SMF: British Public wants tougher gambling laws

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Public policy thinktank the Social Market Foundation (SMF) cites that the British public attitudes are hardening with regards to how gambling should be governed.

This morning, the thinktank released its second briefing paper titled “A bitter taste…Exploring the political constraints on public health policies“.

The paper draws from “a review of polling evidence and interviews with policymakers involved in implementing significant public health policies for smoking, drinking, obesity, and gambling”. Within, researchers highlight “the political opportunities and constraints surrounding action on these topics”.

The research relies on opinion polls conducted since 2015, aggregating data from YouGov, Ipsos MORI, Populus, Savanta ComRes and Redfield & Wilton about the public’s stance on health-related policy matters, including obesity, alcohol, diet and exercise.

A key point emphasised in the paper is that “public opinion doesn’t seem to be the primary obstacle to interventionist public health policies,” as most policies surveyed “receive at least plurality support”.

However, the paper suggests that policy outcomes in public health are more likely to encounter resistance from “media, industry, and party colleagues” – viewed as more significant barriers than public opposition.

Addressing the current situation, the SMF report underscores public dissatisfaction with “the government’s current approach and the prevalent belief that it’s inadequate”.

As evidence, the report spotlights that over three-quarters of respondents in a 2022 survey believe the government’s efforts regarding obesity, alcohol, diet, and exercise have been lacking.

Mori Polls’ tracking indicates a sub-20% effectiveness rating from the public concerning the government’s actions on reducing obesity, mitigating alcohol-related issues, improving diets, and promoting physical activity.

The report mentions that survey questions are typically framed in abstract, general terms, focusing on desired end-goals and activity promises without detailing the potential trade-offs.

Regarding gambling policies, the SMF points out the considerable and robust anti-gambling sentiment in the UK, where the public appears more united on trade-offs associated with the gambling sector.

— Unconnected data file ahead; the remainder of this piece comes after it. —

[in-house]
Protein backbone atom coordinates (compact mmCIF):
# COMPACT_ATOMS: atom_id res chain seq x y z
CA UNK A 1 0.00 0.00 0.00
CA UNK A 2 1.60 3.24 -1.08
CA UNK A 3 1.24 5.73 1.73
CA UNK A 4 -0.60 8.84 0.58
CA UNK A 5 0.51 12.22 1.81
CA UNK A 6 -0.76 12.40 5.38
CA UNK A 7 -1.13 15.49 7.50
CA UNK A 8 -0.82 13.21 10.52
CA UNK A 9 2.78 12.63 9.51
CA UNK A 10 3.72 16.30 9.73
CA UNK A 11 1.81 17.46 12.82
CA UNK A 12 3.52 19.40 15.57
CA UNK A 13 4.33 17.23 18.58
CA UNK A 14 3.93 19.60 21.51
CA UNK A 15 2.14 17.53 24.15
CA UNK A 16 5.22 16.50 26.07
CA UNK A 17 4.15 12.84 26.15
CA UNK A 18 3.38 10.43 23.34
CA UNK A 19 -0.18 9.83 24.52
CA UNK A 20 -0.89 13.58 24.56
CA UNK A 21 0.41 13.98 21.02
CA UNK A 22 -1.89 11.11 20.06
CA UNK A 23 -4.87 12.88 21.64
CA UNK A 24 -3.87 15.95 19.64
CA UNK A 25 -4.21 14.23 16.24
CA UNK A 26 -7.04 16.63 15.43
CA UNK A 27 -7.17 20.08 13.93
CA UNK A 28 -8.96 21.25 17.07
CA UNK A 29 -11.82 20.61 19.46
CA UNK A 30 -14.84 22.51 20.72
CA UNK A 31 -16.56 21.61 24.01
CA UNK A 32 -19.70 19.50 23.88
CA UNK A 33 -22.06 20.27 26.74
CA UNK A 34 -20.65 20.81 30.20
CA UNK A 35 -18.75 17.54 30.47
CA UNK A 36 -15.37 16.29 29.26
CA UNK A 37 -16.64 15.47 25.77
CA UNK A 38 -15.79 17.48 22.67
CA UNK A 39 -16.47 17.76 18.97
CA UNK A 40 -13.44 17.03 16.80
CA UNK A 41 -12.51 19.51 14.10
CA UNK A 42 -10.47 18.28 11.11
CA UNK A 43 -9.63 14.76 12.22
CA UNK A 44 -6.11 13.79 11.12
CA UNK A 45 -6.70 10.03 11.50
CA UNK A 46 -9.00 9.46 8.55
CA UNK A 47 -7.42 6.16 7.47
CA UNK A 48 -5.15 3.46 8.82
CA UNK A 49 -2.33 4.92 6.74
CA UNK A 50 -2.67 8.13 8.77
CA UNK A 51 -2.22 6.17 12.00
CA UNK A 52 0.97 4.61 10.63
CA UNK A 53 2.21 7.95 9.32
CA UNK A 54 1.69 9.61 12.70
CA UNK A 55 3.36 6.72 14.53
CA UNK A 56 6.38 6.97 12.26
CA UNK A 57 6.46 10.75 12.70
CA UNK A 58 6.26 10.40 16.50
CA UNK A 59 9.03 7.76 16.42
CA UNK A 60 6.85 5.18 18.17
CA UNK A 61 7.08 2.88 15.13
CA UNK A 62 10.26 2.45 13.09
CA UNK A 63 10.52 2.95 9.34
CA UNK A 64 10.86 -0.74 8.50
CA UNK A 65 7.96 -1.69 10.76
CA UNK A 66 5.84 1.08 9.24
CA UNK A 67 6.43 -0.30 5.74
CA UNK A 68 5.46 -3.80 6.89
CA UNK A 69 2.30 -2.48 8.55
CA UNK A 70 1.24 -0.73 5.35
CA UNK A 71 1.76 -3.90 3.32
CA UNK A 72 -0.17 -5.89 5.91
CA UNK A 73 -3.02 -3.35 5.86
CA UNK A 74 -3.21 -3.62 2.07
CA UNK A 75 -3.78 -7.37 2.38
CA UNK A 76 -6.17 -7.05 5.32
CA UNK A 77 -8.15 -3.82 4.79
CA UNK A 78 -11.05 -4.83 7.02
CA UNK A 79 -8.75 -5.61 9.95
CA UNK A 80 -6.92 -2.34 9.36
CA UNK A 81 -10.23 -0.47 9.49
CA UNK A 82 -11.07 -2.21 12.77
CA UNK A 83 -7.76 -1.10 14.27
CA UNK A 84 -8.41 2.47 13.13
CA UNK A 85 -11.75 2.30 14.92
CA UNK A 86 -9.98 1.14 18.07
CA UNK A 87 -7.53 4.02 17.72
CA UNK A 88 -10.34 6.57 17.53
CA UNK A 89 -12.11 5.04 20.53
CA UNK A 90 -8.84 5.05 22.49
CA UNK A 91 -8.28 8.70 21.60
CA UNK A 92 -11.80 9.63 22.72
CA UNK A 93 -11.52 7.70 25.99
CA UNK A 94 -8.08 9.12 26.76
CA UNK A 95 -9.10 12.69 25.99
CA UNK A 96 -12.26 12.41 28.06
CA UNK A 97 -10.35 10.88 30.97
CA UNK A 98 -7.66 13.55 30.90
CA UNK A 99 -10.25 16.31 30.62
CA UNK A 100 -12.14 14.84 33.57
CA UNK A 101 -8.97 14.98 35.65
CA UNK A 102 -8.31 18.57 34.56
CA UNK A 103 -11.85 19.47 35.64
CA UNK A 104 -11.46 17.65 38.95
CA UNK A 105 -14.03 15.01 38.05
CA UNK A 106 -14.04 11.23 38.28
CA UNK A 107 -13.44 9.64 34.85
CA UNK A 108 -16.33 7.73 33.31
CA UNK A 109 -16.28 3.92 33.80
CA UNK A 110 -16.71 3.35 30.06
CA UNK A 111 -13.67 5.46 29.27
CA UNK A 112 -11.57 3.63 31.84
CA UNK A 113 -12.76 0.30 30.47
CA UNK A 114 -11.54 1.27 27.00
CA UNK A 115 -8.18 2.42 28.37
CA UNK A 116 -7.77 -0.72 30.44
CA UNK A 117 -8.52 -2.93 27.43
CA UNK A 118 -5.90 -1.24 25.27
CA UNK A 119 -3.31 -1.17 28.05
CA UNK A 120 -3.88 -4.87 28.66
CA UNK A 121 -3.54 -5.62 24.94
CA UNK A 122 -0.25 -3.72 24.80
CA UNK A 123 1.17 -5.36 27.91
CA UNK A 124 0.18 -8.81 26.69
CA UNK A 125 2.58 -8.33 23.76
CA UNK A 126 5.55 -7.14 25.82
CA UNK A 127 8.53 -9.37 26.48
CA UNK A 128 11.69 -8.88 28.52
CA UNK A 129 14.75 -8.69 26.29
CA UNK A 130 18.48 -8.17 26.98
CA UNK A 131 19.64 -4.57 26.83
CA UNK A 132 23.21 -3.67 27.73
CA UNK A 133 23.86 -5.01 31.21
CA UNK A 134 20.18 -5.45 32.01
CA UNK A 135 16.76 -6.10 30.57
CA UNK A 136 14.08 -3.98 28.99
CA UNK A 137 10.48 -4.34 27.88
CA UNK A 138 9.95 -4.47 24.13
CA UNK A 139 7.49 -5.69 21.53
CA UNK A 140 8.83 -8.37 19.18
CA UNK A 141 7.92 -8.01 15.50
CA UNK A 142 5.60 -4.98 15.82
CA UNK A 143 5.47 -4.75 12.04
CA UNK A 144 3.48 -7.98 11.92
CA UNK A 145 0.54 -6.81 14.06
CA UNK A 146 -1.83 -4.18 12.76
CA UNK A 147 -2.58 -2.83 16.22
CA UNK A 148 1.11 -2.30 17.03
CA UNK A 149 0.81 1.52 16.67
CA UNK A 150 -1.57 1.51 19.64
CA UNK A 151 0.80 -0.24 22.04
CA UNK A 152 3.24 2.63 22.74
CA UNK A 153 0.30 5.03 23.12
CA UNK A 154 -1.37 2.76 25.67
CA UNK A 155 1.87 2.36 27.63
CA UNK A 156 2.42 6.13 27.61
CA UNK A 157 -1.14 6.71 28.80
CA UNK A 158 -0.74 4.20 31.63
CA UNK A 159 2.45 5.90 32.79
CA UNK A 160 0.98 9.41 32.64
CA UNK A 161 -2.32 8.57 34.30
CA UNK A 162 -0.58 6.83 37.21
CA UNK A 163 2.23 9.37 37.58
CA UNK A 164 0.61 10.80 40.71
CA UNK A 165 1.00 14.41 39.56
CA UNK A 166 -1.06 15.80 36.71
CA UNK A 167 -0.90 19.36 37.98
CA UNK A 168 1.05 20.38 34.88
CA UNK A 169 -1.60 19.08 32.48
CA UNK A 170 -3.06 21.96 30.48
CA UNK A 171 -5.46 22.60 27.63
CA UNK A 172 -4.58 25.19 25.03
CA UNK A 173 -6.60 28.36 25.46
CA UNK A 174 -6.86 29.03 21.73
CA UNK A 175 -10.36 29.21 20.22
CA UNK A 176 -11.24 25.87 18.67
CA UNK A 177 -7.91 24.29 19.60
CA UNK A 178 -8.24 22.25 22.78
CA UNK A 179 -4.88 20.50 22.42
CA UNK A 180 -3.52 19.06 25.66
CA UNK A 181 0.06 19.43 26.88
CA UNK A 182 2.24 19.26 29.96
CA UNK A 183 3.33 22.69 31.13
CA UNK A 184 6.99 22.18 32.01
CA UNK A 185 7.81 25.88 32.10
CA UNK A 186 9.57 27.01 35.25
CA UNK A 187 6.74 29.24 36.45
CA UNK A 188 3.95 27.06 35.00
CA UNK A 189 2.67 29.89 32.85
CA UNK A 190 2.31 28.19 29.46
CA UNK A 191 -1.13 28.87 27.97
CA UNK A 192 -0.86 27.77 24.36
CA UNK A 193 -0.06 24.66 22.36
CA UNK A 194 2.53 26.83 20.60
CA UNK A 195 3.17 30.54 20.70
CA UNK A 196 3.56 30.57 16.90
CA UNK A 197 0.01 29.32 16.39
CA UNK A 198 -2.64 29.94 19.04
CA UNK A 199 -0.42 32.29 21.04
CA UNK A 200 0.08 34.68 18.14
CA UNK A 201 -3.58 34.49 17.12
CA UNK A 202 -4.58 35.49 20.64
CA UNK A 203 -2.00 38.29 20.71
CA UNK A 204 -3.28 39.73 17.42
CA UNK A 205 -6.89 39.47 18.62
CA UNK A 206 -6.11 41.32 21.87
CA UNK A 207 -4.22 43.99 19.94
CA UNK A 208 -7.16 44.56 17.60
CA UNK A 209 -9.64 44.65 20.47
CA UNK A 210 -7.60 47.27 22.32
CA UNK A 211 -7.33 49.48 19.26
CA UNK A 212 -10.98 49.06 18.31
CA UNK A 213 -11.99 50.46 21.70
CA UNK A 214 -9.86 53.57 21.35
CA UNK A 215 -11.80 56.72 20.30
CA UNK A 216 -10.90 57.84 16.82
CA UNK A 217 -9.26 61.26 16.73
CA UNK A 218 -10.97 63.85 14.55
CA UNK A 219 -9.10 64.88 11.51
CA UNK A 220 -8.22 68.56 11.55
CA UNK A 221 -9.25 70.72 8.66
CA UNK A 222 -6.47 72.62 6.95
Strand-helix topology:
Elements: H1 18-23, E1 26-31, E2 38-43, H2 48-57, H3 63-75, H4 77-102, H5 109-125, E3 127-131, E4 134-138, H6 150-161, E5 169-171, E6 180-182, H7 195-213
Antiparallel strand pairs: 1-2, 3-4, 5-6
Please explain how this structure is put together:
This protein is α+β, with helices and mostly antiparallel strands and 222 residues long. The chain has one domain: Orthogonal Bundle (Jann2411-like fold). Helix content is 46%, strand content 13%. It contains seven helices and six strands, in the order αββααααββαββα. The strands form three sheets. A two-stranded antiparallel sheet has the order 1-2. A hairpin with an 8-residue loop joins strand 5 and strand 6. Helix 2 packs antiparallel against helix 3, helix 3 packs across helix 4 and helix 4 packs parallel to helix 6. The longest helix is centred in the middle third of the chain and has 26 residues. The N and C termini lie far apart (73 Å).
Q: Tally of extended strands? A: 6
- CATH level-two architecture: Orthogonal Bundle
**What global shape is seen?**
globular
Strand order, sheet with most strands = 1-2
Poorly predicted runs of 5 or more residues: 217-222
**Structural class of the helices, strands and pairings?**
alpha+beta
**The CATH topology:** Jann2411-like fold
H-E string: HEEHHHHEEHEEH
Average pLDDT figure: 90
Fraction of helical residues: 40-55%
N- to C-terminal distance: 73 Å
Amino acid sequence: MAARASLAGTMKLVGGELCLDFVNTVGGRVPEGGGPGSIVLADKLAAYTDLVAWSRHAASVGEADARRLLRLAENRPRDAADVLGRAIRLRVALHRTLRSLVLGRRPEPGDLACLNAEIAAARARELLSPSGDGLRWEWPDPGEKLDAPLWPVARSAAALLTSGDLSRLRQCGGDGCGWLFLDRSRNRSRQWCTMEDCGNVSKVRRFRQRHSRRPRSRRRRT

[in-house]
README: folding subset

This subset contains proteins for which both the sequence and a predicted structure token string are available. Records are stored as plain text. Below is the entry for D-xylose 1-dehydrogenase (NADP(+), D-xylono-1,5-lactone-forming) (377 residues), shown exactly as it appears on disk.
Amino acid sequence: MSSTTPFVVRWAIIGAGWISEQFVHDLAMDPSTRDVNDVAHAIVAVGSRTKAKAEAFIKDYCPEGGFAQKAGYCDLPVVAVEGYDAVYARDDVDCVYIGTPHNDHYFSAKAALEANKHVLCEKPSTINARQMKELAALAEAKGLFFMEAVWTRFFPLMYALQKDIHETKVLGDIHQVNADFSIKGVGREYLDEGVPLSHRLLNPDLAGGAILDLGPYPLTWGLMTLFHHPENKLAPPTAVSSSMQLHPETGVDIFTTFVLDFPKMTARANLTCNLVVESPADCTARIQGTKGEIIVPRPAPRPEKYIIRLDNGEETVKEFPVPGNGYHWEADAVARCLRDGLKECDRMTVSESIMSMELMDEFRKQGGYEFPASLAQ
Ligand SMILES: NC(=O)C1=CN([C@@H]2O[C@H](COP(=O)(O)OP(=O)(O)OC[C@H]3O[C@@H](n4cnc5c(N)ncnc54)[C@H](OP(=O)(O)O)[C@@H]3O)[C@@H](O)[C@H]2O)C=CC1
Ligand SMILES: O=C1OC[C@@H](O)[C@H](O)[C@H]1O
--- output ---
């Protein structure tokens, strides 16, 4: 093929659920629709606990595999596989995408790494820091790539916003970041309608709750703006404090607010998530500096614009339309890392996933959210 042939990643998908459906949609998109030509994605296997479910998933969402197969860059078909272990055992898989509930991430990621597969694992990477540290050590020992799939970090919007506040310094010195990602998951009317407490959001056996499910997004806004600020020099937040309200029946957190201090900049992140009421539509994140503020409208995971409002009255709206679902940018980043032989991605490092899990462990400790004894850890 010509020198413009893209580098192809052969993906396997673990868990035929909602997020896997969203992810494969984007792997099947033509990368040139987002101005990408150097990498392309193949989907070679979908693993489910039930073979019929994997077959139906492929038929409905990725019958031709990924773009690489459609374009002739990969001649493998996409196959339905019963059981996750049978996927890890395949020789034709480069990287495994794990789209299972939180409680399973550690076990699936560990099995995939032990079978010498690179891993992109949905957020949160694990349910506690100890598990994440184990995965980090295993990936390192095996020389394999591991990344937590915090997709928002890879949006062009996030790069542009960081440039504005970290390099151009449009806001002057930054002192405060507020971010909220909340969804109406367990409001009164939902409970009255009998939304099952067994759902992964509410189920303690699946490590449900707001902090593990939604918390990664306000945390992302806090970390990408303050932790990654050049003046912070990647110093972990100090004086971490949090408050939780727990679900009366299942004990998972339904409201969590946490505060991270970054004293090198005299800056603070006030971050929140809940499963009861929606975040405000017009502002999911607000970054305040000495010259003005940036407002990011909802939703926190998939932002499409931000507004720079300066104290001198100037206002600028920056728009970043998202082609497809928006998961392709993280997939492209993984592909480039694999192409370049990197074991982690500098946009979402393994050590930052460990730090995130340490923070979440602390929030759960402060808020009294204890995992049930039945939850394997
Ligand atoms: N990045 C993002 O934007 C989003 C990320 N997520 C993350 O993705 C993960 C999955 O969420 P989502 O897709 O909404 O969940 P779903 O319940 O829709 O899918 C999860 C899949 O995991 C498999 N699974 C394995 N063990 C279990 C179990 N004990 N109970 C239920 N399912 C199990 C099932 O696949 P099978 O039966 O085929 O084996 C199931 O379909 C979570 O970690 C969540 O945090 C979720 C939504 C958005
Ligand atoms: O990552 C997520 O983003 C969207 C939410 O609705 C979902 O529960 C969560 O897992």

The report references a 2019 survey by the UK Gambling Commission (UKGC), which revealed that “82% of respondents believe there are excessive opportunities for gambling, and 62% feel that gambling should be discouraged”.

While the public acknowledges an individual’s right to gamble, the report emphasises that nearly 29% of UKGC survey respondents feel that a complete ban on gambling would be preferable.

The SMF stresses the negative discourse on gambling policy, indicating that “those attempting to regulate gambling are frequently (and mistakenly) labelled as ‘prohibitionists’”, and it’s evident that “the existing regulatory and societal consensus is deemed unsuitable”.

With the overarching observation that “public health policies are generally popular,” the report commends government interventions like the 2020 prohibition on using credit cards for gambling – a decision which YouGov found had an 84% approval rate.

The researchers assert that changes in public policy shouldn’t be dismissed as “overbearing ‘nanny state’ policies” that infringe on individual freedoms.

In terms of policy recommendations, politicians are advised to approach public health initiatives as enduring endeavours, necessitating prolonged dedication and political resilience against scepticism.

Two strategic approaches are suggested for MPs in policy development: the “Building ‘scoreboard momentum’” approach, which emphasises strategic issue selection and pushing for likely-to-pass measures, and the “two steps forward, one step back” approach, which advocates for tackling multiple issues simultaneously while anticipating some resistance.